India’s Aditi Ashok finished 15 under par with a total score of 269 at the end of the fourth and final round of the golf women’s individual stroke play event at the Tokyo Olympics on Saturday, missing out on a first ever Olympic medal for India in golf. Diksha Dagar, India’s other entrant in the competition, finished tied 50th.
Ashok was in medal contention till the 17th hole, when a birdie from Lydia Ko broke a tie for third place and pushed the Indian down to fourth. Ashok could only hit par on the 17th. On the final hole, the 18th, both Ko and Ashok hit par, which meant the one stroke margin left the Indian out of medal contention.
The gold medal was won by 23-year-old Nelly Korda of U.S., the current World No. 1 adding Olympic gold to her resume in a year in which she also won her first major. The silver medal was won by World No. 28 Mone Inami of Japan, while World No. 11 Lydia Ko of New Zealand took bronze. Inami and Ko participated in a playoff to determine their medals after both finished tied second. Despite missing out on a medal, Ashok, ranked 200 in the world, put in an impressive performance, finishing in the top three in the previous three rounds and staying in contention right till the end. She had finished 41st on her Olympic debut in Rio in 2016.
India’s medals tally at the Games stands at five, with silver for weightlifter Mirabai Chanu and wrestler Ravi Dahiya, and bronze for badminton player PV Sindhu, boxer Lovlina Borgohain and the men’s hockey team. India could still equal, and even exceed, their best ever tally of six medals at the 2012 London Games, with wrestler Bajrang Punia in contention for bronze and Neeraj Chopra in the men’s javelin throw final later on Saturday.
In Saturday’s fourth round, which began early to squeeze in play before the arrival of an impending tropical storm, Korda continued to hold the lead while several players fought for second position. Ashok even dropped to fourth after missing a putt about midway through Saturday’s proceedings before she regained her position in the top three. Bogeys on the ninth and 11th holes of the round, however, caused the Indian to slip out of the medal spots into fourth place. On the first of the final three holes, though, New Zealand’s Ko hit a bogey, allowing Ashok back into a tie for third place. The wind then began to pick up and before Ko’s next shot, the horn went off for the storm and players were forced off the course due to a risk of lightning.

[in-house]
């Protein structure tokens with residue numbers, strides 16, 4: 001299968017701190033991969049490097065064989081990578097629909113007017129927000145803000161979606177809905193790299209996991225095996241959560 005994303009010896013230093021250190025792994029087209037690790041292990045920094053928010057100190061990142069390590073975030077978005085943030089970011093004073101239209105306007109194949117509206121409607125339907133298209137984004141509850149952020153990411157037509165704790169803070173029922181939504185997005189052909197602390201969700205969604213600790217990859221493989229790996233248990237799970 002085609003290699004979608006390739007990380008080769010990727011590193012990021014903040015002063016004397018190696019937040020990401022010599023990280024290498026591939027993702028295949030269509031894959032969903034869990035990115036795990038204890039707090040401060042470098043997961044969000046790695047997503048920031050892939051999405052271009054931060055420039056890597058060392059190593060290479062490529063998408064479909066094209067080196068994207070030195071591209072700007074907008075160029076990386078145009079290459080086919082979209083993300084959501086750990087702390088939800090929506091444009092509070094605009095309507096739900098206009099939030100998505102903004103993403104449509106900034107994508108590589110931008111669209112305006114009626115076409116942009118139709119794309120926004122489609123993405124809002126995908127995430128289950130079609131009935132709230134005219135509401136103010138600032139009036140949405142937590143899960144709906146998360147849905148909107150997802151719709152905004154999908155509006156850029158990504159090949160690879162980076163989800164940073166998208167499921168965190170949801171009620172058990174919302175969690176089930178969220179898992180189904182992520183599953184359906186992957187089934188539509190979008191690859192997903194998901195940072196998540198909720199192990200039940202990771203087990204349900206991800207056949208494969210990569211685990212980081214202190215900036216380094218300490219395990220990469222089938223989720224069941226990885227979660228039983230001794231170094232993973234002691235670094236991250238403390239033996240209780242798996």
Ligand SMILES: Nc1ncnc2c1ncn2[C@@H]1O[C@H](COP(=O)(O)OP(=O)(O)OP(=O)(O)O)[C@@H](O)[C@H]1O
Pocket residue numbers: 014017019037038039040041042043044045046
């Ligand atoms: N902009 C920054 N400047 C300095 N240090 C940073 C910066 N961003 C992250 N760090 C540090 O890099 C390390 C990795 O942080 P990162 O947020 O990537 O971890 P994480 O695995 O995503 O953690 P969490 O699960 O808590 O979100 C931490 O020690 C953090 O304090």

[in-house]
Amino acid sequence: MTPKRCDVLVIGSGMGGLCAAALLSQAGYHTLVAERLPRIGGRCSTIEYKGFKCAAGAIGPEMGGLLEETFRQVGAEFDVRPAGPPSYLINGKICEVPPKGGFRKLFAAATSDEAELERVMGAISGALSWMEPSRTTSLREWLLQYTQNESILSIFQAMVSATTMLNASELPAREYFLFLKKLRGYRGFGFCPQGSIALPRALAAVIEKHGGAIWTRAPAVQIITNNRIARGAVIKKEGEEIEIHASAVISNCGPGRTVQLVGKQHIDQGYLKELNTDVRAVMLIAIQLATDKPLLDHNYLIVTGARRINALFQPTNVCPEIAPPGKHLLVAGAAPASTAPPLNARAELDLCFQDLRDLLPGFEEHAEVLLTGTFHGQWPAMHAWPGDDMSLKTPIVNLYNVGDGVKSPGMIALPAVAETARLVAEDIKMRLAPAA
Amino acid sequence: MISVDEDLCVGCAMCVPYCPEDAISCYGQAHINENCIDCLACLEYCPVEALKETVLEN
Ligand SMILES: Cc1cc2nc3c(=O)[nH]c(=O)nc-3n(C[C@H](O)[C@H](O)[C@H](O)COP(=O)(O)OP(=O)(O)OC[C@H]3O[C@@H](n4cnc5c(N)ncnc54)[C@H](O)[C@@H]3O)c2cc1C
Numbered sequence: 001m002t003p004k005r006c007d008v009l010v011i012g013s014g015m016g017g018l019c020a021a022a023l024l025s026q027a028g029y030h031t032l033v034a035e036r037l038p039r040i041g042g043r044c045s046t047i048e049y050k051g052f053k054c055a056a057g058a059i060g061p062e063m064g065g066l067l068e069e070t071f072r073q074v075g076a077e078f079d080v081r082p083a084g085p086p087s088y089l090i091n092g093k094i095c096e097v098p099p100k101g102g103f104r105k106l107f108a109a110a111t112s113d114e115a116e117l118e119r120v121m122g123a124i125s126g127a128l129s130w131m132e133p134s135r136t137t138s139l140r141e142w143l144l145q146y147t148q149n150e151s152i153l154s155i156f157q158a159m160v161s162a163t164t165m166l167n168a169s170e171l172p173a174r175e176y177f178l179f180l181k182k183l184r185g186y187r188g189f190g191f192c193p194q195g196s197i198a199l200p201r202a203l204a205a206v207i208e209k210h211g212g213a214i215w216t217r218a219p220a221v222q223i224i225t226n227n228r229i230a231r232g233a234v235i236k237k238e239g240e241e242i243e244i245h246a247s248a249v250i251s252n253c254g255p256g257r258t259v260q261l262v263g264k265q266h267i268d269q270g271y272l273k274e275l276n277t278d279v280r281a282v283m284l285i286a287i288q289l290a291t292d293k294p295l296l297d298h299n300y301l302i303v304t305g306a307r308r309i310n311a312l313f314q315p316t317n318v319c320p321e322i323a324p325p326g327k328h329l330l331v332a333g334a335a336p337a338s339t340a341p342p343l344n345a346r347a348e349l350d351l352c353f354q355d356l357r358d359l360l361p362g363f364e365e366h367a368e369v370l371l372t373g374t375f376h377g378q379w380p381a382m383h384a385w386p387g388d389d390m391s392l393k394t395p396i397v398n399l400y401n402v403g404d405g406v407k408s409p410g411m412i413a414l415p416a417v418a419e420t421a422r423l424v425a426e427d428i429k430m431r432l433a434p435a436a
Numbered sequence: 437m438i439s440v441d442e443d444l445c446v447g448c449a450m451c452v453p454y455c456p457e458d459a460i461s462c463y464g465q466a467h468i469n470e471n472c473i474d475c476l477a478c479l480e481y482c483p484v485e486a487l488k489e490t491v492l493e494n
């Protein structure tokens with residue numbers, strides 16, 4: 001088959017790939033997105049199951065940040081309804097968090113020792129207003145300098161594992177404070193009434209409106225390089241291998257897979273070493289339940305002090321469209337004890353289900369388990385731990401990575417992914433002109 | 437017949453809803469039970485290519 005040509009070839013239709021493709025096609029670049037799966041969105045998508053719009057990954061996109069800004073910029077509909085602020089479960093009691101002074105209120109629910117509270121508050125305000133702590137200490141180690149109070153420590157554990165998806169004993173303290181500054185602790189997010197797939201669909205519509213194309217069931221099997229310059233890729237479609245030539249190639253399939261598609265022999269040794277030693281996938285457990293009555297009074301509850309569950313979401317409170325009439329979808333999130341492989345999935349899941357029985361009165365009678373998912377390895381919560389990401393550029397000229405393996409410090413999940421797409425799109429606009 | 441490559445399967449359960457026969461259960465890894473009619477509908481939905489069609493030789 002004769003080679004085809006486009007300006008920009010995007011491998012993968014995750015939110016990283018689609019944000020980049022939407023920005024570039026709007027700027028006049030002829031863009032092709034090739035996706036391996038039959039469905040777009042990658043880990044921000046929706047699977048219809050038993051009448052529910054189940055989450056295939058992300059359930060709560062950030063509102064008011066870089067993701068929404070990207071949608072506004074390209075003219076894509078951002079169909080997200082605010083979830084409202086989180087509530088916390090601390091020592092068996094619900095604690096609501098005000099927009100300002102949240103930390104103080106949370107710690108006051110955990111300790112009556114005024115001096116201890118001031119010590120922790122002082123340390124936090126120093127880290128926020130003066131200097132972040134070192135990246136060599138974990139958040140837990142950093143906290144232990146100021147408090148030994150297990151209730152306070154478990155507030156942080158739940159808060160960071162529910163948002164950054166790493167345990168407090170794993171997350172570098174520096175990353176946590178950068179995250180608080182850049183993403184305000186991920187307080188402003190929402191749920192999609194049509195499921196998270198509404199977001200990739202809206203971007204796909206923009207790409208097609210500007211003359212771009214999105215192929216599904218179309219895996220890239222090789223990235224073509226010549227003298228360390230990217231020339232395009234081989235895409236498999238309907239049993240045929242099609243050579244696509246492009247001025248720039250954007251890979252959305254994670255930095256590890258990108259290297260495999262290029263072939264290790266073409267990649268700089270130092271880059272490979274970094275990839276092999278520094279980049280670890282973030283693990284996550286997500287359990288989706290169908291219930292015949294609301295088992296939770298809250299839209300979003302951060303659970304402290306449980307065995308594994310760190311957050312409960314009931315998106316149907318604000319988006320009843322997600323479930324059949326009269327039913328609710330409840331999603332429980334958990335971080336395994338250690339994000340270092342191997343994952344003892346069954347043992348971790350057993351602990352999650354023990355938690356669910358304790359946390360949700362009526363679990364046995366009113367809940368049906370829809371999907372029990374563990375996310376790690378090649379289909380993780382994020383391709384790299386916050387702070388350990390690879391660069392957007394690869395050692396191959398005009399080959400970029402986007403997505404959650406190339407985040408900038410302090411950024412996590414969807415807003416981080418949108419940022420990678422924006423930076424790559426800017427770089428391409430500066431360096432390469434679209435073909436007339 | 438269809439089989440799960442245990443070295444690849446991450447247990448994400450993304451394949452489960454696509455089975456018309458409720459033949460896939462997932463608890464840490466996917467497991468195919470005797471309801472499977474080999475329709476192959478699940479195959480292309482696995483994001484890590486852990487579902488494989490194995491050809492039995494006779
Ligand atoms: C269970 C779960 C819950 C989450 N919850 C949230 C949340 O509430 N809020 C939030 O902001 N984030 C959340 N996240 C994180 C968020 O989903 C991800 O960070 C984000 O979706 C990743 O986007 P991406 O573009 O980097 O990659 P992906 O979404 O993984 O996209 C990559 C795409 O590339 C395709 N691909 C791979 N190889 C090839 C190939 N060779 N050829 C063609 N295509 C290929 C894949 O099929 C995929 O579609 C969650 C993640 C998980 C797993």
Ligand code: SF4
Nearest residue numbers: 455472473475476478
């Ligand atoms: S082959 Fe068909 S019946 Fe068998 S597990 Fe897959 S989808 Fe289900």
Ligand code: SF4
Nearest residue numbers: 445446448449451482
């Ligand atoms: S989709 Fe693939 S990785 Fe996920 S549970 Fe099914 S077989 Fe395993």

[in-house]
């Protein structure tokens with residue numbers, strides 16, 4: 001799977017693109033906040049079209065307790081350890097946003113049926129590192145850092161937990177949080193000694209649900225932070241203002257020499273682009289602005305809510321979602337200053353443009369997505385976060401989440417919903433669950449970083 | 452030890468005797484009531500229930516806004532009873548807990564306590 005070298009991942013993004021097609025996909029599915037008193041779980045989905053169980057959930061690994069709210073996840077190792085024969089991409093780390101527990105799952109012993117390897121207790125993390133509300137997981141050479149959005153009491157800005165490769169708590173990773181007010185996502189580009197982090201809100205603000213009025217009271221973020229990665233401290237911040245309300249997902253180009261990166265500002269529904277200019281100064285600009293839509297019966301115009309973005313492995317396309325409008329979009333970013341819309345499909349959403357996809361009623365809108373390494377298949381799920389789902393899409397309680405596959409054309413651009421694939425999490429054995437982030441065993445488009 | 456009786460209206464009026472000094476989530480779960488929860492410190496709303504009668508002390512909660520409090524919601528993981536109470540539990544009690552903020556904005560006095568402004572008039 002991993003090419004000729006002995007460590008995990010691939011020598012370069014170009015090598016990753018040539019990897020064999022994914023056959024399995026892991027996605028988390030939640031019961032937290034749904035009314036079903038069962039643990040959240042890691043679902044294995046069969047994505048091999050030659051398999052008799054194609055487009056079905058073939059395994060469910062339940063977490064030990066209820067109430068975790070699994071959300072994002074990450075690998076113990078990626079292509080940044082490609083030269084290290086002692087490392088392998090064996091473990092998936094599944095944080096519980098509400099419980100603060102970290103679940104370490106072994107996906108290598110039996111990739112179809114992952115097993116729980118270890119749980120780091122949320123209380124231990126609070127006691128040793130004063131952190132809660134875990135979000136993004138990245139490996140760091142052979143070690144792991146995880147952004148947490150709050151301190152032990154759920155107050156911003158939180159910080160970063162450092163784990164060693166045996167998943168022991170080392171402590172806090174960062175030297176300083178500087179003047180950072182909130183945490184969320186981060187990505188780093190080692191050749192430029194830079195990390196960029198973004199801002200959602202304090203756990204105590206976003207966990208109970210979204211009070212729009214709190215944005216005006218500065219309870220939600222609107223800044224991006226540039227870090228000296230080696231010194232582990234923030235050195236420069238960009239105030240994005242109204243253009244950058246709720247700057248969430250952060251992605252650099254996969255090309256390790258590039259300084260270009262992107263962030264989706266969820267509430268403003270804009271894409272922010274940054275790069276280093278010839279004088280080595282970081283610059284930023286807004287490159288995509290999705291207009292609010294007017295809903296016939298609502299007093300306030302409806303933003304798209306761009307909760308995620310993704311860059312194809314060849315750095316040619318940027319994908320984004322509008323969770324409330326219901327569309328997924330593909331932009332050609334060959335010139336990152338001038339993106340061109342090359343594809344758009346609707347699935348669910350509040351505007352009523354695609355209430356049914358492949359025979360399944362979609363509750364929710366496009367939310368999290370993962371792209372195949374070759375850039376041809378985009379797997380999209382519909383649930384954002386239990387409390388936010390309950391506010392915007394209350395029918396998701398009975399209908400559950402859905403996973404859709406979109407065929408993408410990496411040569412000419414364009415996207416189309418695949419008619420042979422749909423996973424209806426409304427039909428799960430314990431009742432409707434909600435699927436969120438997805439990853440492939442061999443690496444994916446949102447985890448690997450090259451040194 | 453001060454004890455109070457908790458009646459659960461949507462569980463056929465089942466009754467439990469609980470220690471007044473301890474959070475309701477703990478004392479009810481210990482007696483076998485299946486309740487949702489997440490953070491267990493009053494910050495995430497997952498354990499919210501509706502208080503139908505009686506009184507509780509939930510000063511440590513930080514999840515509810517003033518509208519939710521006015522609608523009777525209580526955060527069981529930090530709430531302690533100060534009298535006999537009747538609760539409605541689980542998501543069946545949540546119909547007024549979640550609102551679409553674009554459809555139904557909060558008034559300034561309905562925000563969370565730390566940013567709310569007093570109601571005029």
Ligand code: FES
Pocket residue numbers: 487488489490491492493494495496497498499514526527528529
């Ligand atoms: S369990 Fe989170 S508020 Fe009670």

On resumption of play after a break of about 45 minutes for the final two holes, Ko missed a putt for eagle but then made a simple birdie putt. Ashok then missed her birdie putt by inches to drop back into fourth place. The Indian was left requiring a mistake from Ko to get back into the bronze place. Ko, meanwhile, was tied for second towards the end with Japan’s Inami, who had done well in the final round to displace Korda in first place before a bogey on her final hole cost her the first place.
In contrast to her overall consistency to stay near the top of the leaderboard, Ashok’s driving distance this week was close to the bottom of the 60-player field. After Friday’s play, Ashok revealed she had tested positive for COVID-19 in May and June on a visit to India. In addition to forcing her to miss a couple of competitions, Ashok said the virus also took a toll on her strength levels. She did add, however, that this year has been among the best she’s had in her short game, making up for the lack of length on her driving.
After her Games debut five years ago, Ashok has had considerable success on the Ladies European Tour (LET), winning three titles between 2016 and 2017, and then has been an LPGA regular since. Earlier this year, she competed in her 18th career major at the Evian Championship, taking her two clear of Anirban Lahiri, the previous record-holder for India.